picking the cherries as in the previous one. 

Then, the beans or cherries are put in the pulping machine 

that removes the skin from cherries 

without damaging it. 

They are hand-picked, 

and these beans usually produce a lower quality coffee.

The process lasts roughly 24 hours. 

After desolvation, 

it is repeatedly washed 

so that no sticky residue remains. 

The beans are now put out in the sun

to dry out for a day or two. 

The Tasting Process

The tasting process sounds like a lot of fun. And it is. 

It helps us to tell which form is the coffee. 

All you have to do is take the coffee back to the mouth

And identify the flavor. 

Sounds like vine tasting, right?

Roasting Process

Coffee beans in the machine, going through roasting process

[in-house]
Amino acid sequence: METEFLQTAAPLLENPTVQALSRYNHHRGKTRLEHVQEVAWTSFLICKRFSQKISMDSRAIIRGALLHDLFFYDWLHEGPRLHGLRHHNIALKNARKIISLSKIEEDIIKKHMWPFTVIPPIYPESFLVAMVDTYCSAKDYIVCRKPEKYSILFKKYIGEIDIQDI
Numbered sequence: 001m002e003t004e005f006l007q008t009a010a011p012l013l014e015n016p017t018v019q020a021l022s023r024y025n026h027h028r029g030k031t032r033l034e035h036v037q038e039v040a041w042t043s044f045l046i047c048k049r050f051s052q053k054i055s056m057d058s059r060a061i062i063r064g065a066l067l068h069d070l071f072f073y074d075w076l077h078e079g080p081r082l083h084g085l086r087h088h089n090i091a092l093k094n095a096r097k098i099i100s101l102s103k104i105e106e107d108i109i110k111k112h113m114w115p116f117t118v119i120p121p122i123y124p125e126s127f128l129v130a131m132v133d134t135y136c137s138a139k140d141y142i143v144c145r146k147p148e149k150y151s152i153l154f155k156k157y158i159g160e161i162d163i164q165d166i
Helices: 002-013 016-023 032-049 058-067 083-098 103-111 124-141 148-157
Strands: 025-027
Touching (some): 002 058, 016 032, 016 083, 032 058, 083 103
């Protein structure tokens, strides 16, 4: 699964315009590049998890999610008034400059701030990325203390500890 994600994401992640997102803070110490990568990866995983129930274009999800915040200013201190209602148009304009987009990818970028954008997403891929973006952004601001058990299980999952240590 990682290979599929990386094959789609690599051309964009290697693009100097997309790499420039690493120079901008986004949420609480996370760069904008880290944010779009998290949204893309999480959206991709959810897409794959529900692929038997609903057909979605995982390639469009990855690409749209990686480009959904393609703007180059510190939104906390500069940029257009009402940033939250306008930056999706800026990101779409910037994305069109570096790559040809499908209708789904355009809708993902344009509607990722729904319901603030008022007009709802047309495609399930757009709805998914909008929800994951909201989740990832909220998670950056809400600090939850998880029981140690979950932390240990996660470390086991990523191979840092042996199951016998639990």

The coffee roasting process,

Is the process of where the green beans

Become browni-ish, smelly ones. 

In order to prevent coffee beans from burning,

the green beans must be continuously turned.

When the first crack on the bean appears, 

It doubles its size while the color is turning into a light brown. 

The aroma and the taste of coffee we get

is thanks to this process, better known as pyrolysis.

The coffee can be light or medium roasted,

or it can continue with the process and obtain dark roasting coffee.

Coffee Grinding Process

When all the above steps are over,

It’s time for the grinding process.

This process mainly depends

on the type of coffee brewer. 

It will determine how fine or coarse the coffee should be ground.

So, in order for the coffee to release its flavors,

it must be ground to a certain degree.

After using your favorite coffee machine,

Your cup of happiness is ready to be drunk.

What is Spanish Coffee Culture like?

Spanish Coffee Culture:Torrefacto

What is “torrefacto”? 

Mezcla, torrefacto …

how do we even pronounce these words?


Since we wanted to decode these two,

we’ve decided to dig into the Spanish coffee culture

and see what it is all about.

Buckle up, because we are going to Spain.



When we say Spain,